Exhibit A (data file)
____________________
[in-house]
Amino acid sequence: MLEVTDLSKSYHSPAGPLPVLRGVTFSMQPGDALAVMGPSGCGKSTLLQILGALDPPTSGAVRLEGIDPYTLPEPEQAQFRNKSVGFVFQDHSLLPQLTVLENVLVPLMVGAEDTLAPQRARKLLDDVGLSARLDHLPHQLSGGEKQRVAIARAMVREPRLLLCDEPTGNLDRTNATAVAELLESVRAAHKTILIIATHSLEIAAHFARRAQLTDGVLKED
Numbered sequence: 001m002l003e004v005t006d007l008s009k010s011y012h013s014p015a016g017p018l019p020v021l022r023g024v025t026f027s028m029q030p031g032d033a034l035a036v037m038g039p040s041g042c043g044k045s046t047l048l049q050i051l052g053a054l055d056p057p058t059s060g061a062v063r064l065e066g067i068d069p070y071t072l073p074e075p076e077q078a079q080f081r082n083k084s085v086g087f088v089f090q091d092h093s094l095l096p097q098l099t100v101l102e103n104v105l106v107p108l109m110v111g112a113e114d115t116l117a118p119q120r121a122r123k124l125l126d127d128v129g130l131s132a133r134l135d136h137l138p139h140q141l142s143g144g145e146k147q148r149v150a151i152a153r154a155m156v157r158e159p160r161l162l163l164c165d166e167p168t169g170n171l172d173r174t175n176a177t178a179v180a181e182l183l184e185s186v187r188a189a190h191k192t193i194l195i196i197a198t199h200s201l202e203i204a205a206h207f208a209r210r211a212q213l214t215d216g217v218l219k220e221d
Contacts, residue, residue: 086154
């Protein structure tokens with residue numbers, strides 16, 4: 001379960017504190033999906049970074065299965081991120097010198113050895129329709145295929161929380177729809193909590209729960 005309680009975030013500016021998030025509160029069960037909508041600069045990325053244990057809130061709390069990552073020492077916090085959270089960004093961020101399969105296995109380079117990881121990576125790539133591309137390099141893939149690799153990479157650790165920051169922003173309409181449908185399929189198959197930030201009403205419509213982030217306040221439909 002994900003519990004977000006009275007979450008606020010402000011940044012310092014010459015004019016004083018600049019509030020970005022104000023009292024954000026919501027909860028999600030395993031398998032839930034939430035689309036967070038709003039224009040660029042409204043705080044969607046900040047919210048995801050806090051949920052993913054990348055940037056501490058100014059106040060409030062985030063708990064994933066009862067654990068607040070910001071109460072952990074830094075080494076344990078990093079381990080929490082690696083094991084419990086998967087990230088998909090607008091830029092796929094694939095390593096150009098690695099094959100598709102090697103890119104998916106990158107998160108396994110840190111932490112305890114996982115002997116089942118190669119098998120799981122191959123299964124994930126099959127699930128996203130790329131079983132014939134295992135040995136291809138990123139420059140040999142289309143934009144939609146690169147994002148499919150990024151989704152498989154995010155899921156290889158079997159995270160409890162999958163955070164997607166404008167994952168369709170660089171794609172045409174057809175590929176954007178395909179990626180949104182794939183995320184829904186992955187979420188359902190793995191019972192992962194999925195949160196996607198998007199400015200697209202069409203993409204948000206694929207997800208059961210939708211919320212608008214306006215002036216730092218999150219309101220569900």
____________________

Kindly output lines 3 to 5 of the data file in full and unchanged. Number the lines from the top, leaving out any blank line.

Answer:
Numbered sequence: 001m002l003e004v005t006d007l008s009k010s011y012h013s014p015a016g017p018l019p020v021l022r023g024v025t026f027s028m029q030p031g032d033a034l035a036v037m038g039p040s041g042c043g044k045s046t047l048l049q050i051l052g053a054l055d056p057p058t059s060g061a062v063r064l065e066g067i068d069p070y071t072l073p074e075p076e077q078a079q080f081r082n083k084s085v086g087f088v089f090q091d092h093s094l095l096p097q098l099t100v101l102e103n104v105l106v107p108l109m110v111g112a113e114d115t116l117a118p119q120r121a122r123k124l125l126d127d128v129g130l131s132a133r134l135d136h137l138p139h140q141l142s143g144g145e146k147q148r149v150a151i152a153r154a155m156v157r158e159p160r161l162l163l164c165d166e167p168t169g170n171l172d173r174t175n176a177t178a179v180a181e182l183l184e185s186v187r188a189a190h191k192t193i194l195i196i197a198t199h200s201l202e203i204a205a206h207f208a209r210r211a212q213l214t215d216g217v218l219k220e221d
Contacts, residue, residue: 086154
């Protein structure tokens with residue numbers, strides 16, 4: 001379960017504190033999906049970074065299965081991120097010198113050895129329709145295929161929380177729809193909590209729960 005309680009975030013500016021998030025509160029069960037909508041600069045990325053244990057809130061709390069990552073020492077916090085959270089960004093961020101399969105296995109380079117990881121990576125790539133591309137390099141893939149690799153990479157650790165920051169922003173309409181449908185399929189198959197930030201009403205419509213982030217306040221439909 002994900003519990004977000006009275007979450008606020010402000011940044012310092014010459015004019016004083018600049019509030020970005022104000023009292024954000026919501027909860028999600030395993031398998032839930034939430035689309036967070038709003039224009040660029042409204043705080044969607046900040047919210048995801050806090051949920052993913054990348055940037056501490058100014059106040060409030062985030063708990064994933066009862067654990068607040070910001071109460072952990074830094075080494076344990078990093079381990080929490082690696083094991084419990086998967087990230088998909090607008091830029092796929094694939095390593096150009098690695099094959100598709102090697103890119104998916106990158107998160108396994110840190111932490112305890114996982115002997116089942118190669119098998120799981122191959123299964124994930126099959127699930128996203130790329131079983132014939134295992135040995136291809138990123139420059140040999142289309143934009144939609146690169147994002148499919150990024151989704152498989154995010155899921156290889158079997159995270160409890162999958163955070164997607166404008167994952168369709170660089171794609172045409174057809175590929176954007178395909179990626180949104182794939183995320184829904186992955187979420188359902190793995191019972192992962194999925195949160196996607198998007199400015200697209202069409203993409204948000206694929207997800208059961210939708211919320212608008214306006215002036216730092218999150219309101220569900």